Signs of Asthma in Cats


Q:Is my cat coughing or choking?

My small three-year-old female cat, who weighs just under seven pounds, will suddenly go through what seems like a coughing/choking spell. She crouches low to the floor and struggles through an episode. Then she stands up and goes about her regular business.

It started out happening perhaps every other month but now it happens daily — and sometimes more than once a day. Our veterinarian says it could be allergies, but it’s difficult for me to discern. She and her brother are best friends, but he’s almost twice her size and goes for her neck when they play. She gets away from him easily, but I’m concerned that she may be injured. What could be the problem?

– Cassandra Franklin-Barbajosa

A: Dear Cassandra, You are describing the classic signs of chronic bronchitis (often referred to as asthma). Asthma is frequently diagnosed in young cats, causing constant, cyclic or seasonal cough. Patients are otherwise well and act normally except during the actual episodes of cough. Other less common causes of chronic cough include bacterial infections, parasitic infections (including heartworm) and heart disease. But by far, asthma is most common.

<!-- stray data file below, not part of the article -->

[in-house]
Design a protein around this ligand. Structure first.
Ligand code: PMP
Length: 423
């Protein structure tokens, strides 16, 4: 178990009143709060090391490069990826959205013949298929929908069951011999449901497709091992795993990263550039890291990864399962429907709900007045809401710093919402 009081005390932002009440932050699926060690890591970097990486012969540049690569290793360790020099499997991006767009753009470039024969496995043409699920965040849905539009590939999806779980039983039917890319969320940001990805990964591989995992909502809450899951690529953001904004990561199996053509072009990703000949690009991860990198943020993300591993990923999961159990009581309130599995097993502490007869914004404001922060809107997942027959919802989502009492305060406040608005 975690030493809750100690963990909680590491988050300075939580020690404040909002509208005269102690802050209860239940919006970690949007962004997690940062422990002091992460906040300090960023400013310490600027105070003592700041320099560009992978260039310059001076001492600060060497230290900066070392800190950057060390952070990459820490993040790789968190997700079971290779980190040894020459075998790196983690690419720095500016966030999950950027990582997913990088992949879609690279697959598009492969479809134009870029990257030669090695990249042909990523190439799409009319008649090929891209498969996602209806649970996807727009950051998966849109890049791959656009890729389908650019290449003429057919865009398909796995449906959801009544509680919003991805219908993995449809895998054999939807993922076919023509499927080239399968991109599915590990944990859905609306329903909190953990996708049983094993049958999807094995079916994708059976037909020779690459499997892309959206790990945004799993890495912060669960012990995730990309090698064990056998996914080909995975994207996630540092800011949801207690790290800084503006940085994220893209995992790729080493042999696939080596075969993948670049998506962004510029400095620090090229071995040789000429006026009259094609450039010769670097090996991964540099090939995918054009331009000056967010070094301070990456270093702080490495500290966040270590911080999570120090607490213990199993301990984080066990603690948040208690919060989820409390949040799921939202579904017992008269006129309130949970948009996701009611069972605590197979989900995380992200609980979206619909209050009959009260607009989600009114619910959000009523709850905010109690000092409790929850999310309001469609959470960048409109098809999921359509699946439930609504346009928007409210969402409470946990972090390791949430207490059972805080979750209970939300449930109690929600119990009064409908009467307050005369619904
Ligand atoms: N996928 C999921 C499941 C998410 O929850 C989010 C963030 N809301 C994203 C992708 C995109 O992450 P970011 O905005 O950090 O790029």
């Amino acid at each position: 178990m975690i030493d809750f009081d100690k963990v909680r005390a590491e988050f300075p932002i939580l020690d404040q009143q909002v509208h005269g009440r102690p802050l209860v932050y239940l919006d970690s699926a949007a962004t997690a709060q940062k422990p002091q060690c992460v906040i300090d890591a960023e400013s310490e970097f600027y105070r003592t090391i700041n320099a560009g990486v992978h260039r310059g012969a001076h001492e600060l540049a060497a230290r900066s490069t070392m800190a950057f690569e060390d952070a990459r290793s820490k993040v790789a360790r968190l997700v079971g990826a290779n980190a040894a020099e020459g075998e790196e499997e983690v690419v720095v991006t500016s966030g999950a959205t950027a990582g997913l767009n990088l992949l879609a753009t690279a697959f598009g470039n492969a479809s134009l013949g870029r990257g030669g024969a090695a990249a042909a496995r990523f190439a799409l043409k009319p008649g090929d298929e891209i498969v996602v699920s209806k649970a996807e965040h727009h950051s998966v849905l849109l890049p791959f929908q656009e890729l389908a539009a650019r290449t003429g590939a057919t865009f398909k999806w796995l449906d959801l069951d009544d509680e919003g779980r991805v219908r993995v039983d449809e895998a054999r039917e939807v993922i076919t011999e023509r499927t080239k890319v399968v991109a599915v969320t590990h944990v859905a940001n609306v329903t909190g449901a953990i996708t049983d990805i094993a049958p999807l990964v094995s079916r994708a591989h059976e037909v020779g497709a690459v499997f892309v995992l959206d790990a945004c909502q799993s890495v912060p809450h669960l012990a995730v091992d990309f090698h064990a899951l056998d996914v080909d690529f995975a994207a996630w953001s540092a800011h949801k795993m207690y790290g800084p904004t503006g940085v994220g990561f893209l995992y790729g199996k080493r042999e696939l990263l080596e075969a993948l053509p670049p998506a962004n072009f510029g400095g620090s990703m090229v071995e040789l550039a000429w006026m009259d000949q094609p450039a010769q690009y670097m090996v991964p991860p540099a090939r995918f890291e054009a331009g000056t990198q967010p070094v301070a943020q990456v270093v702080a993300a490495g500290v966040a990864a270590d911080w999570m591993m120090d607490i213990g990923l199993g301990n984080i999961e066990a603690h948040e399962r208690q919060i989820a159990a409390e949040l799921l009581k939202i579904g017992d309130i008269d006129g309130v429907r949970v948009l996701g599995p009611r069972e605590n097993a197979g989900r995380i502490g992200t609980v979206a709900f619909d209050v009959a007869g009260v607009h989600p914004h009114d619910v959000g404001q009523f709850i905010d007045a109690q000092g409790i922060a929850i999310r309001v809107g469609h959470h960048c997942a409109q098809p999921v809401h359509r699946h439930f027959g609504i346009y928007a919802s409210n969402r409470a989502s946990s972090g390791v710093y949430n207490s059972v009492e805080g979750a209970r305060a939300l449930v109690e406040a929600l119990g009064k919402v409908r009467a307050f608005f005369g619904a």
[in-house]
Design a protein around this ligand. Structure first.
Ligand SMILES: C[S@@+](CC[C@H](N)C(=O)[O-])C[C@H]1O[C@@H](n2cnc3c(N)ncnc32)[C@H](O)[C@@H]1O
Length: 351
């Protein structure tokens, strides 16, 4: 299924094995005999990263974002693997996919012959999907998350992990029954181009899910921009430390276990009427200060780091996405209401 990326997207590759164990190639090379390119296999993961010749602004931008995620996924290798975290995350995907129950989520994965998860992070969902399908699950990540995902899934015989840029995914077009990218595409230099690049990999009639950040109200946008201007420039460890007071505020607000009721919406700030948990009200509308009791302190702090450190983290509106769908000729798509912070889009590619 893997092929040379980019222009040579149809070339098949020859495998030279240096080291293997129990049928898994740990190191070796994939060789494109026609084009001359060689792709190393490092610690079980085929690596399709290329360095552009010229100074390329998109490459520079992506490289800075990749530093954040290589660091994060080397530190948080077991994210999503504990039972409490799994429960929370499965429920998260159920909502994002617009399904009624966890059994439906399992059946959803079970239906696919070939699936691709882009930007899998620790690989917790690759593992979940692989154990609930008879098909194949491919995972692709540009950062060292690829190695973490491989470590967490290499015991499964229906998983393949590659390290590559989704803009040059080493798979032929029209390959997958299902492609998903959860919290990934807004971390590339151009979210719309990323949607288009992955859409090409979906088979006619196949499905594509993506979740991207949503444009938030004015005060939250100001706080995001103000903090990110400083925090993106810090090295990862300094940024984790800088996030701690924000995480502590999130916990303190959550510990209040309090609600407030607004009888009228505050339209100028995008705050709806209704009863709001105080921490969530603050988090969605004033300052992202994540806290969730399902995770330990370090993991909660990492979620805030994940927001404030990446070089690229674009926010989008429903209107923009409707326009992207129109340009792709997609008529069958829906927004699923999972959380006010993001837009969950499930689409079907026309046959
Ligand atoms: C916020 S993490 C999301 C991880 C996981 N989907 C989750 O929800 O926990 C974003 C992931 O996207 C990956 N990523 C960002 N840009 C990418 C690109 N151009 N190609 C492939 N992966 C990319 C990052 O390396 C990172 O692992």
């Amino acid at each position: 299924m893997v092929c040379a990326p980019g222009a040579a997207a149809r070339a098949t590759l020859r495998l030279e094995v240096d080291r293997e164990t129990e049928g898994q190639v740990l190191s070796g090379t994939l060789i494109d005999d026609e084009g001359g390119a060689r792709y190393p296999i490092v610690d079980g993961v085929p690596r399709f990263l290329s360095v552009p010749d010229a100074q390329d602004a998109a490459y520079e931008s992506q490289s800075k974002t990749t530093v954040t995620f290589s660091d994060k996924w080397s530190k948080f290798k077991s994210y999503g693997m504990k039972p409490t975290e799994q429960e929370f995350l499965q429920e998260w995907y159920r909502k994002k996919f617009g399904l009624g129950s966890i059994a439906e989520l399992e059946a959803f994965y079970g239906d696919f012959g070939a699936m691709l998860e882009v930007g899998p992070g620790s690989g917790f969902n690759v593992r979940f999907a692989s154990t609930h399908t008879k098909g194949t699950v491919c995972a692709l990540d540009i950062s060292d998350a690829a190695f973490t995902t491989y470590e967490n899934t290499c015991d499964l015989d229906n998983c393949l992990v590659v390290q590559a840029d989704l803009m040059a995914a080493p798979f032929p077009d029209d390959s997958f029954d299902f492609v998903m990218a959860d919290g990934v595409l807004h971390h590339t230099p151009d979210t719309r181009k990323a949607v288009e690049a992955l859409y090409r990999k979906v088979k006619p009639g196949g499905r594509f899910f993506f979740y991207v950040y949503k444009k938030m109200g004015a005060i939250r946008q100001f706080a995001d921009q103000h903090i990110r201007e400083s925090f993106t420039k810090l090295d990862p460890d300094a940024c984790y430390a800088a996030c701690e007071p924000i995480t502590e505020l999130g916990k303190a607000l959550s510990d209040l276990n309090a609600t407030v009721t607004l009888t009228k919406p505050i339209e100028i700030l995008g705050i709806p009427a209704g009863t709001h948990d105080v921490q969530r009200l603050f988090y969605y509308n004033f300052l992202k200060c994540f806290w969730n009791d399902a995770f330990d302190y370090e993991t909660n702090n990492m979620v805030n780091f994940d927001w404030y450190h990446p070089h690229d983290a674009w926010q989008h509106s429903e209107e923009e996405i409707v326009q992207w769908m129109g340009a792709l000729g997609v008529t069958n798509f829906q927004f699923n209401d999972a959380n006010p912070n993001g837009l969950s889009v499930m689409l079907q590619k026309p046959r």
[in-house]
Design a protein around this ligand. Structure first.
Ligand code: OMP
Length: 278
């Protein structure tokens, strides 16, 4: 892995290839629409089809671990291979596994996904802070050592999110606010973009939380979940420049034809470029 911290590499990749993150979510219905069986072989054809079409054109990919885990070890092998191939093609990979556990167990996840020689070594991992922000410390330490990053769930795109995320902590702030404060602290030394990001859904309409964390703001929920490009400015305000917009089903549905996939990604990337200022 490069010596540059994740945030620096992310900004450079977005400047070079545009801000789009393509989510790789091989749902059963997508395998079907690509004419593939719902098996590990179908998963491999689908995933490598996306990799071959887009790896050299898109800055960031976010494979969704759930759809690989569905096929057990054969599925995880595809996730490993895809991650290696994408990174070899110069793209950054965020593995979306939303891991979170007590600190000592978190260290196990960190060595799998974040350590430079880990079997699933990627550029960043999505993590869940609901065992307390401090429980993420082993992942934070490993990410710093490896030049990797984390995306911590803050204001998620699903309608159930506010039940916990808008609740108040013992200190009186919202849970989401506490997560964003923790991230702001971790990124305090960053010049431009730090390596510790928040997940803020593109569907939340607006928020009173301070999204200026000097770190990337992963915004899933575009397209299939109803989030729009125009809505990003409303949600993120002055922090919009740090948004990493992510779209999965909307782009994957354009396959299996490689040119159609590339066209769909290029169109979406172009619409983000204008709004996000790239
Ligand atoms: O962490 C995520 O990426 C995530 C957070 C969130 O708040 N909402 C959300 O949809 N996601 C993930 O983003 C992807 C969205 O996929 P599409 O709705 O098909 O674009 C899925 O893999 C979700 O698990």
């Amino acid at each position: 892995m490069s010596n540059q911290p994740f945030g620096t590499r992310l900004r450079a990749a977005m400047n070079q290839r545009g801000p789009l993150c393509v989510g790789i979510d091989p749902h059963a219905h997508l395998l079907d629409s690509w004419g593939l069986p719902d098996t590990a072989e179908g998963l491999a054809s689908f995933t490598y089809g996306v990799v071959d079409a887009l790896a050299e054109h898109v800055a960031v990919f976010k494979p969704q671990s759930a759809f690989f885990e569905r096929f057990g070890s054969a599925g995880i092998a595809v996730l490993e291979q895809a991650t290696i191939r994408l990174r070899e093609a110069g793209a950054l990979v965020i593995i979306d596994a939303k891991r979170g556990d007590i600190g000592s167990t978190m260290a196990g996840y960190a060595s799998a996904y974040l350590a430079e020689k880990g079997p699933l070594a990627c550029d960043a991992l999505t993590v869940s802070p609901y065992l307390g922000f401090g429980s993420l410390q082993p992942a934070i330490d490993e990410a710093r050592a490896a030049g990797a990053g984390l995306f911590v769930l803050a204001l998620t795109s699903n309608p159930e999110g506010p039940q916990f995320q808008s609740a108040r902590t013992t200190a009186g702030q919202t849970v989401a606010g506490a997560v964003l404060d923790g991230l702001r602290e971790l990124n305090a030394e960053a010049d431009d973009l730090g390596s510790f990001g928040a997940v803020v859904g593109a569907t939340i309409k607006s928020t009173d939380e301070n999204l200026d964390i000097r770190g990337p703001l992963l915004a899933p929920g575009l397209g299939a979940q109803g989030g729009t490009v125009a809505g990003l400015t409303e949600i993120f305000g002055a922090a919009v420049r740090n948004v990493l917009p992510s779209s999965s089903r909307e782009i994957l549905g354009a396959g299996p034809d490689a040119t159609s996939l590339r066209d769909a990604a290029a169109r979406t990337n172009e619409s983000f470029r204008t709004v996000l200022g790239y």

It is important to know that there are two very different forms of feline asthma. One, as your cat is demonstrating, involves only a recurrent cough. A second form (which may or may not be associated with cough) is the bronchoconstrictive form, a serious and potentially life-threatening condition.

Similar to humans with asthma, cats with this form experience constriction of muscles within the bronchial walls, causing airway obstruction. Cats with bronchoconstriction may demonstrate increased respiratory rate or effort, or open-mouthed breathing. These cats require immediate veterinary attention, and in severe cases, may die.

We cannot predict the natural course of all cases of feline asthma, but most with the coughing form never evolve into the life-threatening bronchoconstrictive form. That said, a reevaluation by your veterinarian is recommended.

Treatment may be considered appropriate if coughing events are now occurring on a daily basis. It most commonly involves the oral administration of a corticosteroid, with the dose tapered to find the lowest that controls the cough.

Michael Stone DVM, ACVIM
Clinical Assistant Professor
Cummings School of Veterinary
Medicine at Tufts University


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